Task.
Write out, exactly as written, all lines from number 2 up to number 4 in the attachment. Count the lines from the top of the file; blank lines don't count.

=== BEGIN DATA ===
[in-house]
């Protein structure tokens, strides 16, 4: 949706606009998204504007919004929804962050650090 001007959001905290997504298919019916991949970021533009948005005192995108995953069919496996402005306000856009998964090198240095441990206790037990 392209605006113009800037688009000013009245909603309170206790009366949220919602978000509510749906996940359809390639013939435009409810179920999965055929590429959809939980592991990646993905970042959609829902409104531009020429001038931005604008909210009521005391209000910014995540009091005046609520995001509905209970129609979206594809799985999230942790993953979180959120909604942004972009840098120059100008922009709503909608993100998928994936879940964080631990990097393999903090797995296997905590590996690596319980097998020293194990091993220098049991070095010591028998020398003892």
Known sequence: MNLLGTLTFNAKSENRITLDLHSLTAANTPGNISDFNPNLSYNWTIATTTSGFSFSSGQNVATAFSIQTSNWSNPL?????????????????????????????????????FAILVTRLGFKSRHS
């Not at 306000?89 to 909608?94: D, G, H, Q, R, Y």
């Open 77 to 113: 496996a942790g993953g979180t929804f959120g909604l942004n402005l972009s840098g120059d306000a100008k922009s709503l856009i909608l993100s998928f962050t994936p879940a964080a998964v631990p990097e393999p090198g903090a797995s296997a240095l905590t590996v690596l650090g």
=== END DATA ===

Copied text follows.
């Protein structure tokens, strides 16, 4: 949706606009998204504007919004929804962050650090 001007959001905290997504298919019916991949970021533009948005005192995108995953069919496996402005306000856009998964090198240095441990206790037990 392209605006113009800037688009000013009245909603309170206790009366949220919602978000509510749906996940359809390639013939435009409810179920999965055929590429959809939980592991990646993905970042959609829902409104531009020429001038931005604008909210009521005391209000910014995540009091005046609520995001509905209970129609979206594809799985999230942790993953979180959120909604942004972009840098120059100008922009709503909608993100998928994936879940964080631990990097393999903090797995296997905590590996690596319980097998020293194990091993220098049991070095010591028998020398003892």
Known sequence: MNLLGTLTFNAKSENRITLDLHSLTAANTPGNISDFNPNLSYNWTIATTTSGFSFSSGQNVATAFSIQTSNWSNPL?????????????????????????????????????FAILVTRLGFKSRHS
């Not at 306000?89 to 909608?94: D, G, H, Q, R, Y």